The prospect of placing your money into a potentially unpredictable market can be enough to give any investor cold feet, especially one that is just beginning to dip their toes into the investing world. Whether you are a brand-new or more experienced investor, consider how you feel about risk. Perhaps you understand it and know how it can work to your benefit, or maybe you want to avoid it at all costs. Regardless, there are risks in investing, and determining your personal tolerance for risk is an essential part of creating an effective investment plan.
Risk tolerance is the degree of risk an investor is willing to endure to receive returns on his/her investments. Your heuristics, lifestyle, timeline, goals, and even your personality play into how much risk you should assume. As you work closely with your trusted TrueNorth Wealth financial planner in Utah, take these four steps to determine your risk tolerance.
1. Understand What Risk Is And Is Not
Often, people relate investing to gambling. There is no meaningful comparison – like, at all. When you are talking about “risk” with an intelligent financial planner, the focus of the conversation has far more to do with “time and age” than it does anything else. Why? Because the past 50 years of the stock market teach us a lot about “risk” and how markets behave.
Those 50+ years mean something. That amount of time teaches us about risk, cycles, profit margins, diversification, emerging markets, inflation, and on and on. There is some level of “risk” wherever you keep your money. I don’t care if it’s under your mattress or in a bank account; there is risk! Let an educated advisor, a CFP, teach you about risk, how it plays out in your investments, and how we can use volatility to build and secure your wealth.
2. Evaluate Your Timeline
Often, the more time between now and the day you need your money, the more risk you can safely assume in your investment portfolio. So, your first step will be to create a timeline of when you need to use the money you are investing.
As a young professional with decades until retirement, you should feel comfortable taking on a substantial amount of risk. A severe market drop will be fairly easy for you to ride out, and if you stick to your long-term investment plan, you will likely even profit from it. So, if you have a long investment timeline, consider putting your money into higher-risk, higher-reward investments.
On the other hand, if you are planning to retire soon, your risk tolerance should be much lower. A drop in the market could be devastating to your retirement plan. Thus, you should have your money in less volatile investments. This will protect your assets and help you reach your retirement goals.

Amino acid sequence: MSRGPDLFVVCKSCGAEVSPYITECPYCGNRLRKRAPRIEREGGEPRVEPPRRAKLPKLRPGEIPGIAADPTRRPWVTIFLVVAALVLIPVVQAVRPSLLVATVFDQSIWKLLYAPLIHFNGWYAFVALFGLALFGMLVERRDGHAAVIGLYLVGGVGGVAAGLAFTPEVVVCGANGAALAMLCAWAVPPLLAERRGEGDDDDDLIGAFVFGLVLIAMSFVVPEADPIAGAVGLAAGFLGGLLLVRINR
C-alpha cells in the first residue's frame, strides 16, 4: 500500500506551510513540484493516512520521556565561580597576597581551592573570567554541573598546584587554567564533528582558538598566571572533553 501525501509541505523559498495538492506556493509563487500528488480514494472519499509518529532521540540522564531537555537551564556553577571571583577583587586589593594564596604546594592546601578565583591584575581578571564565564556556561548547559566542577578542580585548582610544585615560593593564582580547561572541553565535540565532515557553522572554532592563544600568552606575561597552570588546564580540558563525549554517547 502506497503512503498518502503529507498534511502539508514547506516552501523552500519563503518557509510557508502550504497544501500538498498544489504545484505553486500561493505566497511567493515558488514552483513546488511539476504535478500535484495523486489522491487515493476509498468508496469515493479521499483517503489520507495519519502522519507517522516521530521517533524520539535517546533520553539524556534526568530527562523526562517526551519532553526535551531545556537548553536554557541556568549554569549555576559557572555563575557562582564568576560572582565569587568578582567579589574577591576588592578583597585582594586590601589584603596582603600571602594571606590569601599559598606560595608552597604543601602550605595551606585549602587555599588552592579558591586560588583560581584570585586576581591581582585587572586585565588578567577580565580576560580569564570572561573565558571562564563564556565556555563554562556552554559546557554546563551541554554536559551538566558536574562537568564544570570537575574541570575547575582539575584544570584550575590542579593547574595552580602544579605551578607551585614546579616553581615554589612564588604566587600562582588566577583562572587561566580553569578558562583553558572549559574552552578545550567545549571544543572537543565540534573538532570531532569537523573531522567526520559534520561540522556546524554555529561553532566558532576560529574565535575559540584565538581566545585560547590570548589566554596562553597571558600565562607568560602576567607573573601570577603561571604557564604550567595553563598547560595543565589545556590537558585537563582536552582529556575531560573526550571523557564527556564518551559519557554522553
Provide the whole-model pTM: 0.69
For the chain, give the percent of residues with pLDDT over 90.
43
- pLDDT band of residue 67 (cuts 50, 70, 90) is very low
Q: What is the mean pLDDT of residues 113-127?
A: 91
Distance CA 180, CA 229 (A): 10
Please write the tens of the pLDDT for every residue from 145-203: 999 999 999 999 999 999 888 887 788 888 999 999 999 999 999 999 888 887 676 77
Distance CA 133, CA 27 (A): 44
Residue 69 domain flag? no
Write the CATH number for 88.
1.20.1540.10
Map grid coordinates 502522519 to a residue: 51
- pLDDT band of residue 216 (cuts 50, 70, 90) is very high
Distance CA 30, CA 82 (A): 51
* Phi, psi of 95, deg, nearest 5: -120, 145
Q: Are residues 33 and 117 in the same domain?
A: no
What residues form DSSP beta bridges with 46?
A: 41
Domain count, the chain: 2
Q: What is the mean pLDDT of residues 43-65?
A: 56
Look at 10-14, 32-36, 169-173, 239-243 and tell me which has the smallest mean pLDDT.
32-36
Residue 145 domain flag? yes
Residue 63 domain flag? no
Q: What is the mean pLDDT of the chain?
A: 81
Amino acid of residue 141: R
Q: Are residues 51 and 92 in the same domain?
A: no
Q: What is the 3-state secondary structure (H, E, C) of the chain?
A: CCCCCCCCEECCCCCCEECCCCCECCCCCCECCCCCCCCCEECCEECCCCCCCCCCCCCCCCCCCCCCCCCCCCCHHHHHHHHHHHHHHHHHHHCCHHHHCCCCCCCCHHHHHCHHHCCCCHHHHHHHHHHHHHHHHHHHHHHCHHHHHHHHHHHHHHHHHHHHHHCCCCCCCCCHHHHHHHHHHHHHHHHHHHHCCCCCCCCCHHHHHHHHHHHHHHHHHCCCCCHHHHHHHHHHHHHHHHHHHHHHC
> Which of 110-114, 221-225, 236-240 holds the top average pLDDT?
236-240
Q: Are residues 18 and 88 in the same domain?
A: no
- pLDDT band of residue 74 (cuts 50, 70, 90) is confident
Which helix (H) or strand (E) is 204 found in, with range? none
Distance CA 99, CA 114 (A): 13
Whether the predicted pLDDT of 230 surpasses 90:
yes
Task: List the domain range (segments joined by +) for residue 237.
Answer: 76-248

This also means that, yes, your risk tolerance will likely change throughout the course of your investment career. Determining your risk tolerance is an ongoing process and should be a frequent topic of communication with your financial advisor.
3. Establish Your Investment Goals
What are you investing for, and how much do you want to have saved? Some investments are for necessities like retirement or college, while others may function as extra income. Create a detailed plan of your investment goals so you can determine how much risk you are willing to take on to achieve them.
When investing for necessities, you will want to use methods that assume less risk: think IRAs and 529 plans. Although the reward may not be as impressive, it will be safe and consistent. On the other hand, you can use your “risk capital,” or money set aside specifically for investing, to invest specifically for extra income. When it comes to investing true risk capital, you have more flexibility to take on a higher risk to receive higher rewards.
4. Consider What You Can Psychologically Endure
Reflecting on your own behavioral tendencies is essential. So much of investing is psychological, and so your risk tolerance must be determined by how you will react when it looks like your account value may take a serious hit. When the market drops, are you going to want to pull everything out? Or will you have the mental fortitude to wait out the cycle — perhaps even buy more. Wherever you stand, use that to create an investment plan you can be confident in through any type of market.
Remember, having a trusted financial planner to walk you through these steps is essential — it is valuable! An advisor will help you evaluate your timeline, goals, and any other personal factors. Together, you can use these factors to help you determine your risk tolerance and create an investment plan that you can stand by, whether the market is bear or bull.
Schedule a consultation with the fee-only financial planners at TrueNorth Wealth today to get started.